“Whoever did this really mucked things up didn’t they Detective Green?”
“Yes Inspector Sanchez, it was as if they were more interested in vandalism then any of the valuable antiquities and other art pieces.”
The two police men scanned over the carnage of broken statues, pottery, glass cases and other debris strewn around the 5th floor of the Hargrove Museum of Art. It looked as if a drunken bull came through and just bumped into one exhibit after another and knocked them to the floor. There was a definite path that the vandal, or vandals took through the gallery.
They could see where there were three distinct sets of footprints in the dust. Also some pieces of clothing, some bloodied were also found stuck to pieces of stone and glass. They ended abruptly at a pile of debris on the far end of the gallery.
The police and museum staff were digging through the debris to see what, if anything could be recovered. Also they had to find out if anything valuable was missing.
But strangely enough the two biggest things that were missing, probably the two most important things were the entry and exit points.
Jason Luck the museum’s curator was sitting on a chair and looked over the broken bits of marble, glass, clay and other stuff with a stunned silence of a person who just lost a loved one. This museum was his life. He started just after receiving his degree in History and Archeology, and gave this place everything he had.
This particular gallery was his creation, his baby if you will, and to see it in this condition, well it was just too much to bear.
“Sir I know this must be hard on you , but we really do need your help,” said Inspector Sanchez approaching Jason Luck.
“Of course Inspector it was just after seeing all of this, well let’s just say I was overwhelmed with emotion. How can I help?”
“Well for starters you can tell us who has access to this floor after hours. Also who was the last to lock up the gallery.”
“After hours no one has access to this floor. The doors are locked electronically, like all the other floors, except the first floor for the night security.”
“How is that done?”
“There is a special locking system that electronically sets the deadbolts and turns on all the security beams and cameras.”
“So what happened last night?”
“According to the guard, there was a surge of power coming from this room, then a flash of light, then all the cameras went off. That’s when he notified the police. Naturally I was called in as well, and when we got here, well the gallery was in the condition you see now.”
“So you can override the system?”
“Yes I can in an emergency.”
“Who else might have access to that code?”
“Nobody else. That is how the system was designed. You see I need to login once a day for the system to work. If I don’t, then the deputy curator, Alice Johnson would receive an alert and the code.”
“So what did you hear when you arrived?”
“Nothing. However the guard told me he thought he heard some crashing and breaking of glass and stone.”
“But he didn’t see anybody leave?”
“No and all the windows were locked from the inside.”
“Inspector come quick!” a shout came from one of the uniformed policemen.
Inspector Sanchez and Jason Luck moved quickly to the far side of the gallery.
“What’s up Fred?”
“This sir,” a stunned police officer handed Inspector Sanchez one of the strangest objects he had seen in long time.
It was an old decrypted rotting human finger.
“Turn off the Cycletronic Matrix Generator.”
“Turn off the what?”
“You know that swirly machine thingy.”
“Oh I was confused because yesterday it was called the Matrix Hyperboolean Conduit.”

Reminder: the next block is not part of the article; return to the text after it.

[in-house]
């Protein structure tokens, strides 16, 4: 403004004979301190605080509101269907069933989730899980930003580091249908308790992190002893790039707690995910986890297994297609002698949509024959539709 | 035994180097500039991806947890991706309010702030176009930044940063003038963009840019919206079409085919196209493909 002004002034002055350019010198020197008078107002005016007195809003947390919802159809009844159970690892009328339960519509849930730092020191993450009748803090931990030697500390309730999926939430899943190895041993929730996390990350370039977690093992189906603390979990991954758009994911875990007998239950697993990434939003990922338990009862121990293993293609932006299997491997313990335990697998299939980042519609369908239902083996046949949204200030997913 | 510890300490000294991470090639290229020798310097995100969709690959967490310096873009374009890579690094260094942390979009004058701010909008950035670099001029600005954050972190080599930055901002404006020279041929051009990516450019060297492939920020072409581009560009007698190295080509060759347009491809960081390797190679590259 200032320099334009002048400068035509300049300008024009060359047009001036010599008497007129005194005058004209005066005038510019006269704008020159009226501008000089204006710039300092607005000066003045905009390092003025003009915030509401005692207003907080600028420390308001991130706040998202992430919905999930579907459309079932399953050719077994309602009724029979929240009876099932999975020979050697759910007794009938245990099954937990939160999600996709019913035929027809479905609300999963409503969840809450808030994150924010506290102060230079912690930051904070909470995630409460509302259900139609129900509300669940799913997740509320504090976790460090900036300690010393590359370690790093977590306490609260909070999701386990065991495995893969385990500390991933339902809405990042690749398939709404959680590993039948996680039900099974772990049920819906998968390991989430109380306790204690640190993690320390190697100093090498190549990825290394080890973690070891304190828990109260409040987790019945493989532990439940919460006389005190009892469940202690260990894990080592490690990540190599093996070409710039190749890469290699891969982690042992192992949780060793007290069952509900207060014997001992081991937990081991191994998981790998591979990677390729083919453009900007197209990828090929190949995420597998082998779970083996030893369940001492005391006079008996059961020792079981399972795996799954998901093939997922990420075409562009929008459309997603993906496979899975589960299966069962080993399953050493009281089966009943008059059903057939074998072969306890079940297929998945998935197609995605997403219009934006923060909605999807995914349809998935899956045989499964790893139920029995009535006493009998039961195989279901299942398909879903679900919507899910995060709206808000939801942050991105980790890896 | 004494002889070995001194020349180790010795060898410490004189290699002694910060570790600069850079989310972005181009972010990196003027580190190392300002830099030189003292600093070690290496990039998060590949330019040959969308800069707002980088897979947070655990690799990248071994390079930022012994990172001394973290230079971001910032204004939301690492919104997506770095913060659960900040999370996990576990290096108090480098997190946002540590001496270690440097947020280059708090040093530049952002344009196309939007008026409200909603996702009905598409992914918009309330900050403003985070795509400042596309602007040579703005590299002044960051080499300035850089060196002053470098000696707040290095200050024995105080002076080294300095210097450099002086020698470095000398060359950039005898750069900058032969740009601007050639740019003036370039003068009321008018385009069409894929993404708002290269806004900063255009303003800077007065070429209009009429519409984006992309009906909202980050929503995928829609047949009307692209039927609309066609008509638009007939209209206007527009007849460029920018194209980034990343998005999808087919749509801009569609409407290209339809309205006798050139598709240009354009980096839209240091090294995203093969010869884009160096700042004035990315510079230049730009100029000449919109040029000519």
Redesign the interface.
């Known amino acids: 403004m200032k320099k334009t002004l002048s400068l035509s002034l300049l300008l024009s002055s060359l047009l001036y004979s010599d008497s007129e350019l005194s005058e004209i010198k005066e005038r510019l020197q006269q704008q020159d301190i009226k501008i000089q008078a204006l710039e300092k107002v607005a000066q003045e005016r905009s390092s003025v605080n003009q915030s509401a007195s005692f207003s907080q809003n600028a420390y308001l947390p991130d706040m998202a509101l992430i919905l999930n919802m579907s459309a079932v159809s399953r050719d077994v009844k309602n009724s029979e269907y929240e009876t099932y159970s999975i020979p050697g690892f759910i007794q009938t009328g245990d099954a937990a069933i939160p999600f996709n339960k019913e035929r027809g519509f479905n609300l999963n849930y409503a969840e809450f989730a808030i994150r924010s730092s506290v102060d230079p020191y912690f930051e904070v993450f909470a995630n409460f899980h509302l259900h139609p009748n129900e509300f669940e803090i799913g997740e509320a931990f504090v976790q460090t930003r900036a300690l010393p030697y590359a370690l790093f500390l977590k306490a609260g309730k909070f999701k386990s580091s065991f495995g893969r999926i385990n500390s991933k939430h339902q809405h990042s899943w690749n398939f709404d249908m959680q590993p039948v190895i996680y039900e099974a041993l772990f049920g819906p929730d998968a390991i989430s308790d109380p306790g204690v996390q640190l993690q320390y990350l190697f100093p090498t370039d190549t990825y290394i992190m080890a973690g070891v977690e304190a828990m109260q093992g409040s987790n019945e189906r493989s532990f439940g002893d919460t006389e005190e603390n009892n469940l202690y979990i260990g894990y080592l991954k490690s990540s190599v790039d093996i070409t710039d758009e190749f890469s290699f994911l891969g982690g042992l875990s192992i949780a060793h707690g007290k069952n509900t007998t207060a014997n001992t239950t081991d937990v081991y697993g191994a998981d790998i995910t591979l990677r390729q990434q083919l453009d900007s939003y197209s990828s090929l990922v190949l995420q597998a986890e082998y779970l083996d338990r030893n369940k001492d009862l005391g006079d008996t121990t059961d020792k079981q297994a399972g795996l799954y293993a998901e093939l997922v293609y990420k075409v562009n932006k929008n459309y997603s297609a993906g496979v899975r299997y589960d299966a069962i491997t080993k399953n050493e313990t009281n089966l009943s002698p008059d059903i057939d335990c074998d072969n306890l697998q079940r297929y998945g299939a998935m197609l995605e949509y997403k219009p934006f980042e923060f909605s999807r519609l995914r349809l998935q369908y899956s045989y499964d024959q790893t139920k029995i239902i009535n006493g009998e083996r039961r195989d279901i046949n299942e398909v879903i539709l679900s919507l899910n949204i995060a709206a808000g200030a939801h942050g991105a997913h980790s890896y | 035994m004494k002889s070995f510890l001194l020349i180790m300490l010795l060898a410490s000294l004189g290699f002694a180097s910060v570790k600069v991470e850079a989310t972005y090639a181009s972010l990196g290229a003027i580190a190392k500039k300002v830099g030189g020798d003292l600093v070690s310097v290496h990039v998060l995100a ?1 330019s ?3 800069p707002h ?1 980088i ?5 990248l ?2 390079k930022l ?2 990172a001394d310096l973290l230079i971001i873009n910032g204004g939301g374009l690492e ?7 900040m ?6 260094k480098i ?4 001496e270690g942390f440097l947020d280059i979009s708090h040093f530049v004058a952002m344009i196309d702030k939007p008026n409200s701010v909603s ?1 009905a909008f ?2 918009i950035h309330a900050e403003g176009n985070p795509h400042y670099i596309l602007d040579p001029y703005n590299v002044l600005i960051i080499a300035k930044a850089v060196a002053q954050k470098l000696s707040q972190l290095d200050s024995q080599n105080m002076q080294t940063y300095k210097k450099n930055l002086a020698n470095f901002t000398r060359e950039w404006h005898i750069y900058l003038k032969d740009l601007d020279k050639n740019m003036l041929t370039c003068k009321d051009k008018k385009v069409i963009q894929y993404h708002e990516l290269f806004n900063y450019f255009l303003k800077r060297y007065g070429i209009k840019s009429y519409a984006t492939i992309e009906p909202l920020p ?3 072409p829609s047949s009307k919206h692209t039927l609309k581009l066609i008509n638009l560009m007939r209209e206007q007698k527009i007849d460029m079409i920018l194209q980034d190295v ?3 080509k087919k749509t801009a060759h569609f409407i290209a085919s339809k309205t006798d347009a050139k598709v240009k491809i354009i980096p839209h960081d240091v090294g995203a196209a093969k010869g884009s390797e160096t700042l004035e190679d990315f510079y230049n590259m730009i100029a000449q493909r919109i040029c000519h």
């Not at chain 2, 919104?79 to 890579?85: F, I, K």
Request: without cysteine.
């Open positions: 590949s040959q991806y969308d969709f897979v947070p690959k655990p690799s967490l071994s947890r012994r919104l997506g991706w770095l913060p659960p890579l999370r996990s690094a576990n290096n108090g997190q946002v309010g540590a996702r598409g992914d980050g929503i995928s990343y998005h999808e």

“I didn’t like that name, besides I forgot what it was called. That’s the trouble with new technology these days, everything changes so fast it is hard to keep up.”
Doctor Cecil Hardcastle pulled the lever that stopped the whirling matrix. He just shook his head at his colleague and partner Doctor Shirley Moss at her lack of attention to details. Sure she was as smart as he was, but she sure couldn’t focus as well.
“Well Cecil look at the haul we got from last night.”
“Yes Shirley I see, but are we really using this technology correctly?”
“You know I really don’t care anymore. You saw the way they laughed at me when I showed them how easy it was to transmat matter across long distances, but hey called me a fraud. Only you and Sergei Ivanovich had any faith.”
“Yes but shouldn’t we be using this technology to better human kind?”
“Oh Cecil you always were the romantic. Look Mr Ivanovich is paying us a lot of money, and if he likes to collect rare art pieces and antiquities, so be it. His money is helping fund my other research.”
“Yes but why are you using the undead for your thefts? I mean I’ve heard the police report about the damage done to the museum, when all we wanted was to steal the statue of Prometheus.”
“Well that’s because living beings can’t go through without massive radiation damage, but if we send in inanimate objects, like say our little zombie friends here, well they can get the job done. Besides if they get caught, who would ever believe what they caught. And besides they won’t talk.”
“Yes Shirley but what if they turn on you and decide to not go through with the thefts and instead decide they want a taste of you?”
“Because I have planted microchips in their sensor regions that force them to do my bidding. I notice you’re not afraid of them yourself.”
“Well Shirley, that’s because of a little experiment I’ve been working on myself. I’ll tell you about it someday.”
“Let’s see what the bossman wants us to steal next. I hope it’s the Mona Lisa as I’ve always wanted to get my hands on that.”
“You know perfectly well he is only interested in Grecian art from the Alexander Era. Particularly those that were looted from the Afghanistan-Iranian border region.”
“Are you sure Inspector? Great thanks for the information. I hope I can help you find a solution.”
Marcus Webster hung up the phone and whistled to himself.
“Wow another theft, same M.O., yet this time in San Francisco,” he said to no one as he was the only one in the room.